Campuses:

Maximizing Product Adoption in a Social Network

Tuesday, February 28, 2012 - 3:30pm - 3:45pm
Keller 3-180
Smriti Bhagat (Technicolor Inc.)
One of the key objectives of viral marketing is to identify a small set of users in a social network, who when convinced to adopt a product will influence others leading to a large number of adoptions in an expected sense. The seminal work of Kempe et al. approaches this as the problem of influence maximization that tacitly assumes that a user who is influenced (or, informed) about a product necessarily adopts it and encourages her friends to do the same. However, an influenced user may not adopt the product herself, and yet form an opinion based on the experiences of her friends, and share this opinion with others. Furthermore, a user who adopts the product may not like the product and hence not encourage her friends to adopt it. Previous works do not account for these phenomena.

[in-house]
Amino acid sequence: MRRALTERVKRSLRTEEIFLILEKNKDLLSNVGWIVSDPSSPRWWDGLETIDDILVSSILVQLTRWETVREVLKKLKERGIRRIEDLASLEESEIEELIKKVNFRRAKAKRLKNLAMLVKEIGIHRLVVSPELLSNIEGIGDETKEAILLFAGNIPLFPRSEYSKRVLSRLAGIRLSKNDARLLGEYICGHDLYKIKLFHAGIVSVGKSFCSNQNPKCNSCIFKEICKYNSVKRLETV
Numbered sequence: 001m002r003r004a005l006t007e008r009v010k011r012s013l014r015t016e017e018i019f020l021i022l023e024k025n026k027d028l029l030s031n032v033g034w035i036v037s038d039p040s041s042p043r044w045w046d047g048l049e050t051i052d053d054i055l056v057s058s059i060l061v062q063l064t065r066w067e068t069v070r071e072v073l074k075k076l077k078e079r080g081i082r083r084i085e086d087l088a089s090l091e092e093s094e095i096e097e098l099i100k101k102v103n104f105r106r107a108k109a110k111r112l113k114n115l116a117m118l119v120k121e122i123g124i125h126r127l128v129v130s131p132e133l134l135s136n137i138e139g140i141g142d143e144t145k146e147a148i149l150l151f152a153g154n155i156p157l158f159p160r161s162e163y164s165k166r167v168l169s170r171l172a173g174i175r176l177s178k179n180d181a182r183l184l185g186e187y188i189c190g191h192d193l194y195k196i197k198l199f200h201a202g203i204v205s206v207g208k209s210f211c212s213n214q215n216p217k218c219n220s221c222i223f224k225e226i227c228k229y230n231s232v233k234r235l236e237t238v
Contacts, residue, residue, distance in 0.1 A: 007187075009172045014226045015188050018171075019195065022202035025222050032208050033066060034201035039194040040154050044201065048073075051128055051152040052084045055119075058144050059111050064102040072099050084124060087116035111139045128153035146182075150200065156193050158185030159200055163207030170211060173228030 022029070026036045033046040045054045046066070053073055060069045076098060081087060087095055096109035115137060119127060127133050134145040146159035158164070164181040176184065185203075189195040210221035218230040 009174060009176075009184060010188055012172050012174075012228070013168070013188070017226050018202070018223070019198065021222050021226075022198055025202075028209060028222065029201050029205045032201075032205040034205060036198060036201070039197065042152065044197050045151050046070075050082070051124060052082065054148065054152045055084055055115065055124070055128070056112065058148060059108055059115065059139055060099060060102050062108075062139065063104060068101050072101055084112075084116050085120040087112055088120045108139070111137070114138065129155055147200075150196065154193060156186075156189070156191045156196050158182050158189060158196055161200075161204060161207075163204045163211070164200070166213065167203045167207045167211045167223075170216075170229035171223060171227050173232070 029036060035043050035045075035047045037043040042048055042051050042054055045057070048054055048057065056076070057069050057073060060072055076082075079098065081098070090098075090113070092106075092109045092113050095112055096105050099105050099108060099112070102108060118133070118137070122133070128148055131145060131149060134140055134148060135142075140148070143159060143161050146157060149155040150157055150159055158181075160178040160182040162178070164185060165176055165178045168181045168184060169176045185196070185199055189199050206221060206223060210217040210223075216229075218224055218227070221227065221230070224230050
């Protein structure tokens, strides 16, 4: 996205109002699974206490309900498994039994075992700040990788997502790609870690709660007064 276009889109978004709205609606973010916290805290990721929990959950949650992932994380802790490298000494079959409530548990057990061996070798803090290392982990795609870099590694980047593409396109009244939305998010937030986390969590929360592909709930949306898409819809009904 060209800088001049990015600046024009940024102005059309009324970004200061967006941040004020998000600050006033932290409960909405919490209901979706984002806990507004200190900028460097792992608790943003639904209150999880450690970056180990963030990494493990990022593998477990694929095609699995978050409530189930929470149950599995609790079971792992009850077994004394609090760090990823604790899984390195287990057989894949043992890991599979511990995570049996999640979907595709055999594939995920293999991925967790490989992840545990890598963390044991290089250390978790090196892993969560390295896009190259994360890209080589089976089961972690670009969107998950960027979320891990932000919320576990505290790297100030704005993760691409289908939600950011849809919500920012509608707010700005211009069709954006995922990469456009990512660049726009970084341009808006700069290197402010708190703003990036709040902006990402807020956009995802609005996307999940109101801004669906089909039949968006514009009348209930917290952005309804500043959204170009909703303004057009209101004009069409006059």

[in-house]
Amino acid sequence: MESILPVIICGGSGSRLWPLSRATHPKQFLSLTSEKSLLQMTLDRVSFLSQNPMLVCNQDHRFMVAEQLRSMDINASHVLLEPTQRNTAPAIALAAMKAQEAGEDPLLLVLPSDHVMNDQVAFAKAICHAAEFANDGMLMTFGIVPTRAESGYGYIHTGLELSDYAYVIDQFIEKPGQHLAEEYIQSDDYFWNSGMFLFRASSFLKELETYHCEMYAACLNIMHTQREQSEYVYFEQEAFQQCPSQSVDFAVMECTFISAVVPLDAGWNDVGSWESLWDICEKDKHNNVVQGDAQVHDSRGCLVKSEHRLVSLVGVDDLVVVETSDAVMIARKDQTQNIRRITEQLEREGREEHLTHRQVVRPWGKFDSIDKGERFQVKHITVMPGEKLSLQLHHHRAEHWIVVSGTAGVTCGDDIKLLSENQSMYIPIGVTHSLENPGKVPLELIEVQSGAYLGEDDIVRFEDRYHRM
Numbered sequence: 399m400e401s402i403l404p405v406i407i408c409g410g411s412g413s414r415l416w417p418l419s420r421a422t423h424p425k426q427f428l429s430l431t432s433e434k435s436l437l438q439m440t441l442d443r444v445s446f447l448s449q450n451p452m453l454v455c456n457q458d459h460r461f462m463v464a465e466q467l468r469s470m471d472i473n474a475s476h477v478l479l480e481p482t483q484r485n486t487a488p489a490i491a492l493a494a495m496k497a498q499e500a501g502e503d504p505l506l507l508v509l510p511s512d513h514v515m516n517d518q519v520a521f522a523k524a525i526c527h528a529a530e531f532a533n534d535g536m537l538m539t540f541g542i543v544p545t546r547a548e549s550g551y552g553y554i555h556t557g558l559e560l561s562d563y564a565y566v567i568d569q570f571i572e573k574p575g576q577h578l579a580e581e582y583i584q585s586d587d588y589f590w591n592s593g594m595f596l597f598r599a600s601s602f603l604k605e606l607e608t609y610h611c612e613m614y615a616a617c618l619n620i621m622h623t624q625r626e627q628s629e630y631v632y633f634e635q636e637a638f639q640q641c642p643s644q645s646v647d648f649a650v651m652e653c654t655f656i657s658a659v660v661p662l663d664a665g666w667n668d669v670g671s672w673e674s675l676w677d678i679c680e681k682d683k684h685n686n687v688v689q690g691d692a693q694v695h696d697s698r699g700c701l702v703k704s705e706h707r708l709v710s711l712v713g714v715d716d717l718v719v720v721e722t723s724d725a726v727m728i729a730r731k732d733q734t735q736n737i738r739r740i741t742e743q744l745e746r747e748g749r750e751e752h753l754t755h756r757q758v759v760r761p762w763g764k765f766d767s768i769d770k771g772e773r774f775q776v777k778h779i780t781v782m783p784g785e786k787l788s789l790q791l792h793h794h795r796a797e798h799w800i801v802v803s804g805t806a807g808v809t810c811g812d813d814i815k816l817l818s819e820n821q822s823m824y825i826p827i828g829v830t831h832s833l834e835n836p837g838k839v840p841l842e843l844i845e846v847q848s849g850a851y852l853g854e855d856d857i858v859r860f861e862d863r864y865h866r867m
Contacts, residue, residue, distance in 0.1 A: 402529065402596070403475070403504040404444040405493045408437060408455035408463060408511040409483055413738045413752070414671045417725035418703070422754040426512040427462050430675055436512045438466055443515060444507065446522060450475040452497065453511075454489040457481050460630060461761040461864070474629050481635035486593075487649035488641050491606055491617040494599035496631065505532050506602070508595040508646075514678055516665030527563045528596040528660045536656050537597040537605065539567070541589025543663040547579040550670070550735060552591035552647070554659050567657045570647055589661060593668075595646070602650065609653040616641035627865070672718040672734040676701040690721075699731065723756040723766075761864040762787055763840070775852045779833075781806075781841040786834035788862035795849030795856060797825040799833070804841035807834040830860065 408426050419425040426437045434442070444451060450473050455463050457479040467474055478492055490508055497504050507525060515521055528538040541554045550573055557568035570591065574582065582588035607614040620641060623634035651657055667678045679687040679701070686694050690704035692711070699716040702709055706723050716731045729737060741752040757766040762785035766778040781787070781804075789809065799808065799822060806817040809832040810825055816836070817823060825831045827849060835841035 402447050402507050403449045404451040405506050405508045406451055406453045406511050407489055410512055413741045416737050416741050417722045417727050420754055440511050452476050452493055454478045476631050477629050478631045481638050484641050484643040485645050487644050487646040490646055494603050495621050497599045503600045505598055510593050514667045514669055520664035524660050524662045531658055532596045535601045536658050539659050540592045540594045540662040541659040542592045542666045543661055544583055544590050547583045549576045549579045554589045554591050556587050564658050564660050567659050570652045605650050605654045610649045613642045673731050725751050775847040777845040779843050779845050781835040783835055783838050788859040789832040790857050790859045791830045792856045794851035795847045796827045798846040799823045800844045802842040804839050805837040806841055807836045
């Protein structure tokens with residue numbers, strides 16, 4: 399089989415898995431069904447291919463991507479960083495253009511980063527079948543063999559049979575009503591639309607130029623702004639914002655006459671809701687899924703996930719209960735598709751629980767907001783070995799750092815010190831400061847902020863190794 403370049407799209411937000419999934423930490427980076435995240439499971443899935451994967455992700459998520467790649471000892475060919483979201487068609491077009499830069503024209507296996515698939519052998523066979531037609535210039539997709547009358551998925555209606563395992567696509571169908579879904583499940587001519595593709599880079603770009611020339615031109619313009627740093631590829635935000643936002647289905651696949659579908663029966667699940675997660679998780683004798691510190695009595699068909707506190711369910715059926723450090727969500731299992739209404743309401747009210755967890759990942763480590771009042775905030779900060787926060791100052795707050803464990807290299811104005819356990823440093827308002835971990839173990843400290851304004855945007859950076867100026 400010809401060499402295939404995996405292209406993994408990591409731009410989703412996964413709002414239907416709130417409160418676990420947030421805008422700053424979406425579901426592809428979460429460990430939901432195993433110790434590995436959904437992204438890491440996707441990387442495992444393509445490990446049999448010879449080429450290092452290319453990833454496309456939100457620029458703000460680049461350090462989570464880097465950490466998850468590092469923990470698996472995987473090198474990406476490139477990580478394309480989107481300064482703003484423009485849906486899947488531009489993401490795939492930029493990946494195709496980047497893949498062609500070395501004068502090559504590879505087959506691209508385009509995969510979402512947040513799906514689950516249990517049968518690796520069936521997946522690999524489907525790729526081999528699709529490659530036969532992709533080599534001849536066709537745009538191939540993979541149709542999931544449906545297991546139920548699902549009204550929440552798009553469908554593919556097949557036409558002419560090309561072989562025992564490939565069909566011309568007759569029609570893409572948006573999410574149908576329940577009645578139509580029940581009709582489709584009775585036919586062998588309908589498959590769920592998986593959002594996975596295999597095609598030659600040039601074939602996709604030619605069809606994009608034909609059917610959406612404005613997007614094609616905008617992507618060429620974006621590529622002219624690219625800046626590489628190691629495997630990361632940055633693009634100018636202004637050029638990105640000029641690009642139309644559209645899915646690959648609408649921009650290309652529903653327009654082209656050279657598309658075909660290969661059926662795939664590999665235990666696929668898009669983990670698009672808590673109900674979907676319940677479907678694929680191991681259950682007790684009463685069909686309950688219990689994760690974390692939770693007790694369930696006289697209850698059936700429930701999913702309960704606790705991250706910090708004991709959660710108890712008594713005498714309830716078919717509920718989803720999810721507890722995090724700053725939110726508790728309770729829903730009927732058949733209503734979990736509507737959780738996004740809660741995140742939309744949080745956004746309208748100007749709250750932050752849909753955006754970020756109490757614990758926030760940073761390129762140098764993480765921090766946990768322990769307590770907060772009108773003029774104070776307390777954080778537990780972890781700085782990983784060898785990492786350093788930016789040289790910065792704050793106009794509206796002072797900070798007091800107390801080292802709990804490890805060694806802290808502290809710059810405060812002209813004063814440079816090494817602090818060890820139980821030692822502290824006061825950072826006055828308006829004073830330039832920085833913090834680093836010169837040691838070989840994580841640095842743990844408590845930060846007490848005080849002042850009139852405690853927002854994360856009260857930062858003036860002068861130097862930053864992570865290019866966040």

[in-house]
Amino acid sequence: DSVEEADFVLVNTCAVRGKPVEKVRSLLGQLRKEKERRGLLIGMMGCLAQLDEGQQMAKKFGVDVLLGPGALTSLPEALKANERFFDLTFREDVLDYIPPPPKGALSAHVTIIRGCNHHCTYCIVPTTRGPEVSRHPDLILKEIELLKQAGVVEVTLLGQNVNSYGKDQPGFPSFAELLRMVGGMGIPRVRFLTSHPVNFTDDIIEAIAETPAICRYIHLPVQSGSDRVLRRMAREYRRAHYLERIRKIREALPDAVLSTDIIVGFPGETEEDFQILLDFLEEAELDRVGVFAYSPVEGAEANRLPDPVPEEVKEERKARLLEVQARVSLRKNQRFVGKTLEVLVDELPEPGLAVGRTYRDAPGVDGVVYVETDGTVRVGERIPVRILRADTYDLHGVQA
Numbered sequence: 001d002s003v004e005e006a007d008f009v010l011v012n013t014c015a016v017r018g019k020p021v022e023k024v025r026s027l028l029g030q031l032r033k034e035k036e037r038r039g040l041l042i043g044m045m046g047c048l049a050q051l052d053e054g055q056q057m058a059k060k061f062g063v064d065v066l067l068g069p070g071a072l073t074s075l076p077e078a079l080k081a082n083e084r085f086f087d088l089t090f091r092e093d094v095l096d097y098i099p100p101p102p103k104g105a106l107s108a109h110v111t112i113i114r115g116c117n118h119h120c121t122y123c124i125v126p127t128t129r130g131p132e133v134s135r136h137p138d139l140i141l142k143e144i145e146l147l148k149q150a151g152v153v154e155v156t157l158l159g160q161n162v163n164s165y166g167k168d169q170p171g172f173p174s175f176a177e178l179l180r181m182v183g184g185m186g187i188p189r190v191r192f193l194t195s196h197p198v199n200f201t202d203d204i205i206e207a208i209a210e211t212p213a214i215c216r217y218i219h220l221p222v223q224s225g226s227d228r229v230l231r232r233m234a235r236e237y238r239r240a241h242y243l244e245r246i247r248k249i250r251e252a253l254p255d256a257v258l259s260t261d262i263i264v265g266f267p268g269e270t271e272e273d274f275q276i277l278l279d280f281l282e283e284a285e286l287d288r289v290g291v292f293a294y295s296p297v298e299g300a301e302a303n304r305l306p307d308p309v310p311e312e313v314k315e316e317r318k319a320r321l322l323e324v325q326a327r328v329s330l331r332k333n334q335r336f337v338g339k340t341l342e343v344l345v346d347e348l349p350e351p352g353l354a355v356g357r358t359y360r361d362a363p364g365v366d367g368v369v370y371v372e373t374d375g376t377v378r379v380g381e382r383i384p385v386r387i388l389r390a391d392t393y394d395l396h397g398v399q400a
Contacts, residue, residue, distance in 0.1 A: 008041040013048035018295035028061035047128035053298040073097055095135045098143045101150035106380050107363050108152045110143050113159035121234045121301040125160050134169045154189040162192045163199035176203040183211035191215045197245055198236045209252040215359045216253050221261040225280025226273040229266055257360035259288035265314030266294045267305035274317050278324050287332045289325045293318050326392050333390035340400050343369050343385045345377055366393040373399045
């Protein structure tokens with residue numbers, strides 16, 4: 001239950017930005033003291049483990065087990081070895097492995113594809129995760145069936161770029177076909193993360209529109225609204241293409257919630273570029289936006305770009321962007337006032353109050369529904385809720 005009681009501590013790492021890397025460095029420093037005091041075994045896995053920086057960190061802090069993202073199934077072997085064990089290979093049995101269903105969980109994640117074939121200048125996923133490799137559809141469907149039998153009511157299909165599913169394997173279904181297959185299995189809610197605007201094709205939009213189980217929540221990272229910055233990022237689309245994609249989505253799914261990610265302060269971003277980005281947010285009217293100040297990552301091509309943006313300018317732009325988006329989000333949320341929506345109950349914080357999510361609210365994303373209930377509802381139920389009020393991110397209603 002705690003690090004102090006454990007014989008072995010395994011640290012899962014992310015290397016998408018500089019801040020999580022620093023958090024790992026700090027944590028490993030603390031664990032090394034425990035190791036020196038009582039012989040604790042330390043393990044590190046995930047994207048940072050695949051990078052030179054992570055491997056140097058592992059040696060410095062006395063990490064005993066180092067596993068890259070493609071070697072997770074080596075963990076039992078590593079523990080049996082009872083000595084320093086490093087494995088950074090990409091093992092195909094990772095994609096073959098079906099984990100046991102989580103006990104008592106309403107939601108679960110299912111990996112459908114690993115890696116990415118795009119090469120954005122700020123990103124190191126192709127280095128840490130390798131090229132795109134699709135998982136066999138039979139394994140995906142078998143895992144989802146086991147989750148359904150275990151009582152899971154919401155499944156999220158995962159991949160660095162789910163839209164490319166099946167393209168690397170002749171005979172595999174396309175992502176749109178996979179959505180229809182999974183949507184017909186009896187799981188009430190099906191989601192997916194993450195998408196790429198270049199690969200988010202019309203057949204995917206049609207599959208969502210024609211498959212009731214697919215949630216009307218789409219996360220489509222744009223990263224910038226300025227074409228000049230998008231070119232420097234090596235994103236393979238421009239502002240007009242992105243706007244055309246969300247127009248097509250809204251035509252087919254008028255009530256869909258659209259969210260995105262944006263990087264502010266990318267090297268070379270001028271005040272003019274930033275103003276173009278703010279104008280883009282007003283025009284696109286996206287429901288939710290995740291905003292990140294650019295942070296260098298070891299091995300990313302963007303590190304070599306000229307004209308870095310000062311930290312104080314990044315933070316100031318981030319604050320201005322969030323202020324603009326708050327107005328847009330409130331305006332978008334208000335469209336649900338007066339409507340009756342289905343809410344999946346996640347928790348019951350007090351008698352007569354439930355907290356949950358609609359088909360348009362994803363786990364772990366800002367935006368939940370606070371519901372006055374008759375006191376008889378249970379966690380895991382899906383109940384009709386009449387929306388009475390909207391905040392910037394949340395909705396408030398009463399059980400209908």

We argue that it is important to distinguish product adoption from influence. We propose a model that factors in a user’s experience (or projected experience) with a product. We adapt the classical Linear Threshold (LT) propagation model by defining an objective function that explicitly captures product adoption, as opposed to influence. We show that under our model, adoption maximization is NP-hard and the objective function is monotone and submodular, thus admitting an approximation algorithm. Our empirical results on three datasets show that our model is able to distinguish between influence and adoption, and predict product adoption much more accurately than the classical LT model.

This is joint work with Amit Goyal and Laks V. S. Lakshmanan.